Missouri schools wait for thousands of students to come through the doors for the new school year. Many of those students won’t know the language–and some might not even know school.
Twenty years ago, about three-thousand Missouri students were ESL students—those to whom English is a second language. The state education department’s Craig Rector says two yers ago the number had gone past eighteen-thousand. And they spoke 98 languages.
Spanish speakers are the biggest number; then a combination of people from Bosnia, Coatia, and Serbia, then Vietnamese speaekrs, Arabic, and Somali. Rector says many of them are from situations where conditions and conflict have limited their education. In fact, some might never had had a chance to go to school.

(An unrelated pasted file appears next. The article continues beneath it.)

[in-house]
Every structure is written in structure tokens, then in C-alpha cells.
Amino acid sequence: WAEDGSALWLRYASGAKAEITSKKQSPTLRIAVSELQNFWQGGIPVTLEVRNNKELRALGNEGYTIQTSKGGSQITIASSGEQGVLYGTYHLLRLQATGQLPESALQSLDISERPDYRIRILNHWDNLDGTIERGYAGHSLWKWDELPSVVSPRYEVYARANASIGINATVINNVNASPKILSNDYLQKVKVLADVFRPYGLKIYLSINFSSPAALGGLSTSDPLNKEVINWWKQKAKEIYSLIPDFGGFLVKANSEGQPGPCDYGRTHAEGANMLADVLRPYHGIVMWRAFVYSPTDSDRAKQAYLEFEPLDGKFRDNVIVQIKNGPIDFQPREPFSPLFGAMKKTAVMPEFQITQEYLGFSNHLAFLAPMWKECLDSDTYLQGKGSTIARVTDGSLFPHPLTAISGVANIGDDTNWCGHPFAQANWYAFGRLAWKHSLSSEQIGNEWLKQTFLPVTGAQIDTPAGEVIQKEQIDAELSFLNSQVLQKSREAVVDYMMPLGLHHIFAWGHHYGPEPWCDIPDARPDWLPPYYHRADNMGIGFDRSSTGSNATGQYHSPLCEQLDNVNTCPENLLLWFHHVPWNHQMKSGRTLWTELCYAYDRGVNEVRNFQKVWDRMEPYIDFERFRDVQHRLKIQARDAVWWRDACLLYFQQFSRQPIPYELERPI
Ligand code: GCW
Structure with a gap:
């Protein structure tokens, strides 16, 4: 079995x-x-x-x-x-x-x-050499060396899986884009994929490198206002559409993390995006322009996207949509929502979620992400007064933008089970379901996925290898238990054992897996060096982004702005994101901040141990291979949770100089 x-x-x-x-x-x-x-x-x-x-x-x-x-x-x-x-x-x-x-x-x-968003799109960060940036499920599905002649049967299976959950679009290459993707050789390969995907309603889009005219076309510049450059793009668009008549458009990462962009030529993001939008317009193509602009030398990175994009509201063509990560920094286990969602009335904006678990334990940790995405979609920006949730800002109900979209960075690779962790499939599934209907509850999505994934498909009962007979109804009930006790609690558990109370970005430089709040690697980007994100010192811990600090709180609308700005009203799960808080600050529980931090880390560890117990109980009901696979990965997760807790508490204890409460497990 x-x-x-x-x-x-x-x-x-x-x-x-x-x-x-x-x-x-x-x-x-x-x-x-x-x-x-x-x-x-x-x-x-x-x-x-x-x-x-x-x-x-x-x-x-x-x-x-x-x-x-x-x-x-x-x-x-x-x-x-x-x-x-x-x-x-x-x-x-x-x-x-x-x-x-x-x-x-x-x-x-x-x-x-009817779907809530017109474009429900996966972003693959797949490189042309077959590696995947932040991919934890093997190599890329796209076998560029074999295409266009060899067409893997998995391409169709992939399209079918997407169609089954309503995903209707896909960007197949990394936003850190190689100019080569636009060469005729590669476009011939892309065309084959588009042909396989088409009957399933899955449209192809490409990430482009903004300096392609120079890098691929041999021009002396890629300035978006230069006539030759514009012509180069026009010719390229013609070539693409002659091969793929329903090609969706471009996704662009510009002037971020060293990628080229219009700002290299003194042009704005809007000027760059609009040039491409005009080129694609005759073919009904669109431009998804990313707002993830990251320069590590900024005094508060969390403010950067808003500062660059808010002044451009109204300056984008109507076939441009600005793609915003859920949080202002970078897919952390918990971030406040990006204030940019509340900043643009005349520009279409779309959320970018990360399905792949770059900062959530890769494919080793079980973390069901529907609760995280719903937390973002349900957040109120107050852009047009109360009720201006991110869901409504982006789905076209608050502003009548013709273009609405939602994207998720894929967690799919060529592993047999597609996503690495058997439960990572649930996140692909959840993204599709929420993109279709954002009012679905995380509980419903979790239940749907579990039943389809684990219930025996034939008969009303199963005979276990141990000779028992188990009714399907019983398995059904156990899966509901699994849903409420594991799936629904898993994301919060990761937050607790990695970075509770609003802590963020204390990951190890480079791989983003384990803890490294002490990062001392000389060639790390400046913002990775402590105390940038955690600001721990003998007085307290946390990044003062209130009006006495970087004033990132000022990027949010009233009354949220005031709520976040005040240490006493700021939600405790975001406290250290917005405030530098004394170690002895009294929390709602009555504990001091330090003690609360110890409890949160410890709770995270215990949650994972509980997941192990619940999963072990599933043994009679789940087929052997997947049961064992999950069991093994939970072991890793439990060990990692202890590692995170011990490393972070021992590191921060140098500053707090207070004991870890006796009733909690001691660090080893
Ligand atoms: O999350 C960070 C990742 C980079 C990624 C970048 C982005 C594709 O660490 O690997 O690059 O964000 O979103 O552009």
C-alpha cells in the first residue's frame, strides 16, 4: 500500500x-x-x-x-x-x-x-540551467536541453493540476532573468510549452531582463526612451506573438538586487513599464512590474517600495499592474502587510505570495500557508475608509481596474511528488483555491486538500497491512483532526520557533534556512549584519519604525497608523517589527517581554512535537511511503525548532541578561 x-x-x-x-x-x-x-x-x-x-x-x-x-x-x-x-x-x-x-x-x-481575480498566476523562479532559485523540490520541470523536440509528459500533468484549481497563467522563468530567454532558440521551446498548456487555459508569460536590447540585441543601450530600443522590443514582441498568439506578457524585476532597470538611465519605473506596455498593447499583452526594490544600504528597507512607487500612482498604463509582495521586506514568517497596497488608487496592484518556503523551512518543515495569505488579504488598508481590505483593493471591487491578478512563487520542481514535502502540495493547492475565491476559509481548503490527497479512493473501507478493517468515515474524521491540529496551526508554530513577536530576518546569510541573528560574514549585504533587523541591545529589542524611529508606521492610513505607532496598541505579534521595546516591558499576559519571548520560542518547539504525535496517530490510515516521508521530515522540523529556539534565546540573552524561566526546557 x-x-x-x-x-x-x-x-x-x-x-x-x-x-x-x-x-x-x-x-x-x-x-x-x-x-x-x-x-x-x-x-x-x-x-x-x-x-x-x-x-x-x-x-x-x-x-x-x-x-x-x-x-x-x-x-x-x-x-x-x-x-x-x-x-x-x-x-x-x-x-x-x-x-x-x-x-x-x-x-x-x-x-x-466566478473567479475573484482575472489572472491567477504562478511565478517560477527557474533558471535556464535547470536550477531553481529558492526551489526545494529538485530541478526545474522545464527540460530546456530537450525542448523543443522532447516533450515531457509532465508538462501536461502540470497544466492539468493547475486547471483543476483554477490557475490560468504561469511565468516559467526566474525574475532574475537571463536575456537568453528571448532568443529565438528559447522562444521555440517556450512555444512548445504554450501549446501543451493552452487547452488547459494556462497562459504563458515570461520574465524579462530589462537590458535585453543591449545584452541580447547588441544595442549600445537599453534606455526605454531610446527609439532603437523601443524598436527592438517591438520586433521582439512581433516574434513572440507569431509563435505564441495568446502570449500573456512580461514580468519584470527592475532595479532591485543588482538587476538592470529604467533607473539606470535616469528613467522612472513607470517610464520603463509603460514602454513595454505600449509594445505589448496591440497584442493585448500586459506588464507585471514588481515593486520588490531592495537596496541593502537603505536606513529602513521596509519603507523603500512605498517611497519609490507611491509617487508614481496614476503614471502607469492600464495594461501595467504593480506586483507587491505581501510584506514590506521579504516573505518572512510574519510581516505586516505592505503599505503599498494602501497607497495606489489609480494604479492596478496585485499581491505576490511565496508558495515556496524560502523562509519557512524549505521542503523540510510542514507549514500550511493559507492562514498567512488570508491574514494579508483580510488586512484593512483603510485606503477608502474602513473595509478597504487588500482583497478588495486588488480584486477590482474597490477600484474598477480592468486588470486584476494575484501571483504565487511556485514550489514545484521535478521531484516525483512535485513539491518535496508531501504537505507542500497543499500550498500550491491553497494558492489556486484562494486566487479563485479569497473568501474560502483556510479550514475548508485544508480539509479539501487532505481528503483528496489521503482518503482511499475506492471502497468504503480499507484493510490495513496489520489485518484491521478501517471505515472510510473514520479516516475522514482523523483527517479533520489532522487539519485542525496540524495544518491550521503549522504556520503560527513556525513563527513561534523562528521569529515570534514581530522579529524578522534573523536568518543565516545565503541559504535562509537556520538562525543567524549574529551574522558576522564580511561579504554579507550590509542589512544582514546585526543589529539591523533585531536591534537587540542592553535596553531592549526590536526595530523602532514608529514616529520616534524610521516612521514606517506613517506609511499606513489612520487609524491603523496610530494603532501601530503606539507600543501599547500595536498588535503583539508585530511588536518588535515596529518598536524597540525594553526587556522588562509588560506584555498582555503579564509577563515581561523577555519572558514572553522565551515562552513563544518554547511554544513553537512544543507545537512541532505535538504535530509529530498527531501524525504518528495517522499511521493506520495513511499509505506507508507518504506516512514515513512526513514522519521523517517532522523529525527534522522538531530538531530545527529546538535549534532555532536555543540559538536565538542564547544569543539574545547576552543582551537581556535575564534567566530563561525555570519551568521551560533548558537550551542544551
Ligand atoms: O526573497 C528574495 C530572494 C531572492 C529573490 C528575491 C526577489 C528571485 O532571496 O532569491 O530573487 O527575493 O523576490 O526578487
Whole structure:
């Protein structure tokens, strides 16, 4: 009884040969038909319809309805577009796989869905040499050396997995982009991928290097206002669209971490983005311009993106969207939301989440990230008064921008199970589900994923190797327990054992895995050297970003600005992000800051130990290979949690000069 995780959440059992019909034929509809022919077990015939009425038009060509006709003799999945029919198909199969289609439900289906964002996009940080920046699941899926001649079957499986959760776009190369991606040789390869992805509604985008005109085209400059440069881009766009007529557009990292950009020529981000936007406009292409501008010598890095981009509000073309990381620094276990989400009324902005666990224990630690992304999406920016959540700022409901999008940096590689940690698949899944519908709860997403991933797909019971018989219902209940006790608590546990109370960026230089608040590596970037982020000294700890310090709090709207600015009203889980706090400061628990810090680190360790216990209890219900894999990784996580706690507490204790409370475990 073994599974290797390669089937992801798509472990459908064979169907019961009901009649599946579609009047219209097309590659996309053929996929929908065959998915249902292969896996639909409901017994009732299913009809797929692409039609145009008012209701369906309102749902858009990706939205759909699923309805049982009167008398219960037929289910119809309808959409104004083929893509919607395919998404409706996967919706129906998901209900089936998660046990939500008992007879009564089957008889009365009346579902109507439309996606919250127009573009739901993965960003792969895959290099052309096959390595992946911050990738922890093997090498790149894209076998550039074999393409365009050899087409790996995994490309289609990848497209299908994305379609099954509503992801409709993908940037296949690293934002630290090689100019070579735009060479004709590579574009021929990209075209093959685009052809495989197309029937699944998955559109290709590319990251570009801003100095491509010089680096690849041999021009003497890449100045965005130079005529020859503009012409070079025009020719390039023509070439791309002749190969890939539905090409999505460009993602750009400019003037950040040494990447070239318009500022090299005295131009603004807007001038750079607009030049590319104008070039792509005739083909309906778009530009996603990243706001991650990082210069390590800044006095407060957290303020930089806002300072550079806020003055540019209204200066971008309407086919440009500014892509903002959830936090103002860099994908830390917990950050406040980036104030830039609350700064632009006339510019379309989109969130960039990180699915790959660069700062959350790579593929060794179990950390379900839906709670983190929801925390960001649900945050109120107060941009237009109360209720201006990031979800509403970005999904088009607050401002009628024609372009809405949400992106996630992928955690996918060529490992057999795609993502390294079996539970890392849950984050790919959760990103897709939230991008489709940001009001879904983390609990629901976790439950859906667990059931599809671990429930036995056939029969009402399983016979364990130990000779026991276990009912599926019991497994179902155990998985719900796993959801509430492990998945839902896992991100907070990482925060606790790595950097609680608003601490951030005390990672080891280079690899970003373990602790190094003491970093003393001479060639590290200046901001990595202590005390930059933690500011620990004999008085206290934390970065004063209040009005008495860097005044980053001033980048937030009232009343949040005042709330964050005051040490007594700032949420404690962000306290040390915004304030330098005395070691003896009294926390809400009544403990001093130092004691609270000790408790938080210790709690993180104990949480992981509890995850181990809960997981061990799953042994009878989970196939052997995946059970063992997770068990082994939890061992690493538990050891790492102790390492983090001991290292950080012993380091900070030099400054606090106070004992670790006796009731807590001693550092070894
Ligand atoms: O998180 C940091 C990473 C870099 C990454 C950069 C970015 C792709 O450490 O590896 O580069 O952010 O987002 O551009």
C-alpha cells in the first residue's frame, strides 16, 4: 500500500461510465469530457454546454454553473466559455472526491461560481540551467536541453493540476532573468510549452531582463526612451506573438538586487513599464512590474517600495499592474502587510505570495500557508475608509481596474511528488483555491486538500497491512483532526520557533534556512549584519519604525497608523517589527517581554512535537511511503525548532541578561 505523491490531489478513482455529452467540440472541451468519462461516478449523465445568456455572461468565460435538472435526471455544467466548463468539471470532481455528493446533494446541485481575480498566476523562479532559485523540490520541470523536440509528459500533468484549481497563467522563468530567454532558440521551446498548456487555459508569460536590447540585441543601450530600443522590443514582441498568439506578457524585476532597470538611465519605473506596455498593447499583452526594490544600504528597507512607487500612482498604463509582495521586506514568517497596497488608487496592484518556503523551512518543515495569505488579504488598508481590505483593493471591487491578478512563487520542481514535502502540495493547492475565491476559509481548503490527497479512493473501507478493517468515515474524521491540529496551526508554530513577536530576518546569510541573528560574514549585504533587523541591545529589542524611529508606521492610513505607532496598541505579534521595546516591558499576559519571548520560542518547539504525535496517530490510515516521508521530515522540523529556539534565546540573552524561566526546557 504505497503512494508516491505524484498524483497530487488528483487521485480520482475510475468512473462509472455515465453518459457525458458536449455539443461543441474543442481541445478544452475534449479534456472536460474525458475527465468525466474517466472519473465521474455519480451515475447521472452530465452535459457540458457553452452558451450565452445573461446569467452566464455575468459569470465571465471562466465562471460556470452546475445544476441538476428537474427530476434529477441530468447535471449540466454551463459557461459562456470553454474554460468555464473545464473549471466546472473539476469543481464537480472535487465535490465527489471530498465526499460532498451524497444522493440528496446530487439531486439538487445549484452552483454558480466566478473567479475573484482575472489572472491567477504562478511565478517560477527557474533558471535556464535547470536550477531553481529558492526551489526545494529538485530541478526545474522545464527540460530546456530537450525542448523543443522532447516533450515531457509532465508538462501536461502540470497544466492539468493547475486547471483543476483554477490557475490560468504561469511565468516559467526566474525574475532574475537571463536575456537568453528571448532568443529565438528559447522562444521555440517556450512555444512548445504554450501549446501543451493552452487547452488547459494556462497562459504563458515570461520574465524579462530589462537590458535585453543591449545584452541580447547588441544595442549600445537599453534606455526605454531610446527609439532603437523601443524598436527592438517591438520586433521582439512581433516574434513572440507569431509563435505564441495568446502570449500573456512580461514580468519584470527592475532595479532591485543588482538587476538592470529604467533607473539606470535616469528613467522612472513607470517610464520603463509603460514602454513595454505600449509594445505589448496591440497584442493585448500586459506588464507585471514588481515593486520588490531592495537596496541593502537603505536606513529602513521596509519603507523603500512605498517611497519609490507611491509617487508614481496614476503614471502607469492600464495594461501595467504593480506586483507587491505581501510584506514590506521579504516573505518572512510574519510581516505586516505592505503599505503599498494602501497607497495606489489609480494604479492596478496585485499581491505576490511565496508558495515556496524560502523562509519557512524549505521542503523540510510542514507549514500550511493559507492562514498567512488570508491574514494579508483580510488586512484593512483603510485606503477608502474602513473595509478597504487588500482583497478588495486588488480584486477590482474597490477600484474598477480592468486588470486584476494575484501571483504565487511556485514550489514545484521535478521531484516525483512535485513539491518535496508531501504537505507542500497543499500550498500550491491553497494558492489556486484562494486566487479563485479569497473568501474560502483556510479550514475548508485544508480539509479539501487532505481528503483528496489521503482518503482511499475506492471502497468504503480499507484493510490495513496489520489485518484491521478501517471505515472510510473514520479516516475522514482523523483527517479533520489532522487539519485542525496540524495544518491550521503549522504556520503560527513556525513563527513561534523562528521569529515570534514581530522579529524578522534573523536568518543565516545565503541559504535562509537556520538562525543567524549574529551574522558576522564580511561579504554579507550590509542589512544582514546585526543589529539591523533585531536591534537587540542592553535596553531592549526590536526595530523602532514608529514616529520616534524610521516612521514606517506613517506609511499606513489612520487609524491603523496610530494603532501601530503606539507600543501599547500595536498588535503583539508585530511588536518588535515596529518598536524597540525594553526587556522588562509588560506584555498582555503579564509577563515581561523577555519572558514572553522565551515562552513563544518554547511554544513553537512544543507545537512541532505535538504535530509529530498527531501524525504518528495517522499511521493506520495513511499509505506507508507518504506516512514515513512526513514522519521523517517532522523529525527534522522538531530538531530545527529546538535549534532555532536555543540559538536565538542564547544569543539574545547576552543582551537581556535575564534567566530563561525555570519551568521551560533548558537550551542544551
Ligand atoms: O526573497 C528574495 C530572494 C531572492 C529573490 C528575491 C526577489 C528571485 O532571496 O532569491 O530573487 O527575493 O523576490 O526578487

But Rector says they catch on pretty fast, learning conversational English in a year or two. He says academic English takes longer, often four to seven years. He says younger students have an easier time.
Rector says the children sometimes become interpreters for their family. For many of those families, the relationship with the teacher and the school assumes special importance. Rector says that’s a reason some districts with a lot of English language learnes have social workers on their staffs.